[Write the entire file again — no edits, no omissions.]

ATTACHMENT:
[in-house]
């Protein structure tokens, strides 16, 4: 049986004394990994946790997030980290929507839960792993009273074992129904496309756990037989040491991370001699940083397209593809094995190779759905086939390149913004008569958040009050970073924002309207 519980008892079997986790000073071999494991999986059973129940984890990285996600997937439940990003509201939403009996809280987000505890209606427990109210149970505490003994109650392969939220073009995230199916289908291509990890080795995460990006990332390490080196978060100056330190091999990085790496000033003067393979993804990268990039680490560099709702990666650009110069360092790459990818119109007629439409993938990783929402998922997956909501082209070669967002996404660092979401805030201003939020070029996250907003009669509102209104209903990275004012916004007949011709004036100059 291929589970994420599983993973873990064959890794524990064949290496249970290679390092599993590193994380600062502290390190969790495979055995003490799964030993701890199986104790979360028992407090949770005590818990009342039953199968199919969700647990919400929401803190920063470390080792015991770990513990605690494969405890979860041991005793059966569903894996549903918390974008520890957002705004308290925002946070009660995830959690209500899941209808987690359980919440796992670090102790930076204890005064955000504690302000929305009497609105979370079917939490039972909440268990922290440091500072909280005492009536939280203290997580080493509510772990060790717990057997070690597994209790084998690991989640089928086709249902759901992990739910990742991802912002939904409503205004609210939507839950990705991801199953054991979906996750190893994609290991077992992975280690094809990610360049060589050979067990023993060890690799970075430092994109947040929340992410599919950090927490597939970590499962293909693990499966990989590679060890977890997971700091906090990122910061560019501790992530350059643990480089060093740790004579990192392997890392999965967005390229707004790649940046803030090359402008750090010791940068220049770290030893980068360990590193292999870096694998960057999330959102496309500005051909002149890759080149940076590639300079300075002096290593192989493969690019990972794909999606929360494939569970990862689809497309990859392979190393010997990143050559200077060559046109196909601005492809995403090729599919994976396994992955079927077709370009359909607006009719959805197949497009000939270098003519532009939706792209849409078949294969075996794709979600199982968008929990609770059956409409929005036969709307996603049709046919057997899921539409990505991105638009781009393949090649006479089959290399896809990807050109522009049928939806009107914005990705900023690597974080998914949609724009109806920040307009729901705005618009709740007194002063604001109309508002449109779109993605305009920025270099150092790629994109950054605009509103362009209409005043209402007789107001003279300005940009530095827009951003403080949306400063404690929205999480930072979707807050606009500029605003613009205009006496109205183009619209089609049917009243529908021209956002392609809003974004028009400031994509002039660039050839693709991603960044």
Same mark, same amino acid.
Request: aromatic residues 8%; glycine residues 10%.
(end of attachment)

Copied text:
[in-house]
């Protein structure tokens, strides 16, 4: 049986004394990994946790997030980290929507839960792993009273074992129904496309756990037989040491991370001699940083397209593809094995190779759905086939390149913004008569958040009050970073924002309207 519980008892079997986790000073071999494991999986059973129940984890990285996600997937439940990003509201939403009996809280987000505890209606427990109210149970505490003994109650392969939220073009995230199916289908291509990890080795995460990006990332390490080196978060100056330190091999990085790496000033003067393979993804990268990039680490560099709702990666650009110069360092790459990818119109007629439409993938990783929402998922997956909501082209070669967002996404660092979401805030201003939020070029996250907003009669509102209104209903990275004012916004007949011709004036100059 291929589970994420599983993973873990064959890794524990064949290496249970290679390092599993590193994380600062502290390190969790495979055995003490799964030993701890199986104790979360028992407090949770005590818990009342039953199968199919969700647990919400929401803190920063470390080792015991770990513990605690494969405890979860041991005793059966569903894996549903918390974008520890957002705004308290925002946070009660995830959690209500899941209808987690359980919440796992670090102790930076204890005064955000504690302000929305009497609105979370079917939490039972909440268990922290440091500072909280005492009536939280203290997580080493509510772990060790717990057997070690597994209790084998690991989640089928086709249902759901992990739910990742991802912002939904409503205004609210939507839950990705991801199953054991979906996750190893994609290991077992992975280690094809990610360049060589050979067990023993060890690799970075430092994109947040929340992410599919950090927490597939970590499962293909693990499966990989590679060890977890997971700091906090990122910061560019501790992530350059643990480089060093740790004579990192392997890392999965967005390229707004790649940046803030090359402008750090010791940068220049770290030893980068360990590193292999870096694998960057999330959102496309500005051909002149890759080149940076590639300079300075002096290593192989493969690019990972794909999606929360494939569970990862689809497309990859392979190393010997990143050559200077060559046109196909601005492809995403090729599919994976396994992955079927077709370009359909607006009719959805197949497009000939270098003519532009939706792209849409078949294969075996794709979600199982968008929990609770059956409409929005036969709307996603049709046919057997899921539409990505991105638009781009393949090649006479089959290399896809990807050109522009049928939806009107914005990705900023690597974080998914949609724009109806920040307009729901705005618009709740007194002063604001109309508002449109779109993605305009920025270099150092790629994109950054605009509103362009209409005043209402007789107001003279300005940009530095827009951003403080949306400063404690929205999480930072979707807050606009500029605003613009205009006496109205183009619209089609049917009243529908021209956002392609809003974004028009400031994509002039660039050839693709991603960044």
Same mark, same amino acid.
Request: aromatic residues 8%; glycine residues 10%.